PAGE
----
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Melting and Solidification

Solidification and Melting Periods of an Ice-on-Coil Latent Heat Thermal Energy Storage System

[+] Author and Article Information
Mehmet Akif Ezan

Department of Mechanical Engineering, Dokuz Eylul University, Izmir, Turkeymehmet.ezan@deu.edu.tr

Aytunc Erek1

Department of Mechanical Engineering, Dokuz Eylul University, Izmir, Turkeymehmet.ezan@deu.edu.tr

1

Corresponding author.

J. Heat Transfer 134(6), 062301 (May 02, 2012) (10 pages) doi:10.1115/1.4005747 History: Received November 30, 2010; Revised November 03, 2011; Published April 30, 2012; Online May 02, 2012

This paper presents experimental investigations of charging (solidification) and discharging (internal/external melting) periods of an ice-on-coil type latent heat thermal energy storage system. Experimental investigations are performed for various constant heat loads and inlet temperatures with several flow rates of the heat transfer fluid. In experiments, variations of the solid/liquid interfaces around the tubes are monitored with the aid of 15 interface measurement cards for both solidification and melting periods. Energy variations obtained from the measurement cards are validated by conservation of energy, and the mean difference is obtained as 5%. The parametric results indicated that the inlet temperature and the flow rate of the secondary coolant are significant both on the charging and discharging capability of the system. It is also introduced that, for the current experimental conditions, external melting mode can supply relatively lower outlet temperatures for a longer period in comparison with the internal melting mode.

Copyright © 2012 by American Society of Mechanical Engineers
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References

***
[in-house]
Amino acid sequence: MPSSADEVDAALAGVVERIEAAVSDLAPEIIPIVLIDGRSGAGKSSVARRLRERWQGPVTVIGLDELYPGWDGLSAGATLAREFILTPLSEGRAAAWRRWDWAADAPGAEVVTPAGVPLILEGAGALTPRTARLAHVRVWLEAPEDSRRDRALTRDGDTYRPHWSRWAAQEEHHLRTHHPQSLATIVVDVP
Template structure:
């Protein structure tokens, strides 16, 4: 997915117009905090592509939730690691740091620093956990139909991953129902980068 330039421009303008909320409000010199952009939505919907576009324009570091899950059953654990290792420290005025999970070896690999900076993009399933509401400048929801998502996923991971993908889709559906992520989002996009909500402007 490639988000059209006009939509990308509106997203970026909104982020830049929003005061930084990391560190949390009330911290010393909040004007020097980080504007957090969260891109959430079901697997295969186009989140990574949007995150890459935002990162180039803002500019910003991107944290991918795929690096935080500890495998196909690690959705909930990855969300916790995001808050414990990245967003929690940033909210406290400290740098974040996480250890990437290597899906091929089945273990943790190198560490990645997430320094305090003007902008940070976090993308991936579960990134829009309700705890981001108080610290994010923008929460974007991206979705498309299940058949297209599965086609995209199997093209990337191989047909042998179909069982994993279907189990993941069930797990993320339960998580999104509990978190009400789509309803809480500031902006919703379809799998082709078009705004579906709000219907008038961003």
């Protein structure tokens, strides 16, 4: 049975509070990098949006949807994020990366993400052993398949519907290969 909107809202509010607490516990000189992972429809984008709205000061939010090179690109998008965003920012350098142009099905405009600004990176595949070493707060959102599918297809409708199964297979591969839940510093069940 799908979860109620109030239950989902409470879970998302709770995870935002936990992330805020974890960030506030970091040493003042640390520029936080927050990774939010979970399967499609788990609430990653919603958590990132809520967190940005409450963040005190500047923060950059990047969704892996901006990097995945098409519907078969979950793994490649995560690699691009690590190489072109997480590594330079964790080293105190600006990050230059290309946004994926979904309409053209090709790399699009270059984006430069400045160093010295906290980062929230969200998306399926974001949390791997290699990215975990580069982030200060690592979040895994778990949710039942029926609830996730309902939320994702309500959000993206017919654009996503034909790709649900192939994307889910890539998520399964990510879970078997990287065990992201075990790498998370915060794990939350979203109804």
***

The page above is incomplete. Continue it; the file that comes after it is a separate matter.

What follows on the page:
Figures

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Figure 1

Schematic representation of the ice−on−coil LHTES system: (a) top view, (b) front view

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Figure 2

Interface measurement card and variations of the resistivity

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Figure 3

Temperature, flow rate, and energy variations (Tin  = −8 °C and V· = 70 l/min)

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Figure 4

Total stored energy variations—validation of energy conservation

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Figure 5

Comparisons of the experimental and predicted results—Tin  = −8 °C, V·=70 l/min: (a) variations of the inlet–outlet temperatures of HTF with total mass of ice; (b) variation of the total stored energy

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Figure 6

Temperature variations inside the tank (Tin  = −8 °C and V· = 60 l/min)

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Figure 7

Interface variations inside the tank (Tin  = −8 °C and V· = 60 l/min): (a) interface variations at the top-outer-inlet card section; (b) interface variations at the center-outer-inlet card section; and (c) interface variations at the bottom-outer-inlet card section

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Figure 8

Interface variations along the flow direction (Tin  = −8 °C and V· = 60 l/min)

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Figure 9

Influence of the inlet temperature of the HTF on the total stored energy

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Figure 10

Influences of the flow rate and inlet temperature of the HTF on the total stored energy

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Figure 11

Timewise variations of the temperature difference for internal melting mode

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Figure 12

Influence of the inlet temperature and flow rate of the HTF on the total rejected energy for internal melting mode

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Figure 13

Timewise variations of inlet and outlet temperatures of HTF for various constant heat loads for internal melting mode

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Figure 14

Influences of the heat load and flow rate on the total rejected energy for internal melting mode

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Figure 15

Timewise variations of the inlet and the outlet temperatures of the HTF for various constant heat loads, for external melting mode

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Figure 16

Influence of the heat load and the flow rate on the total rejected energy for external melting mode

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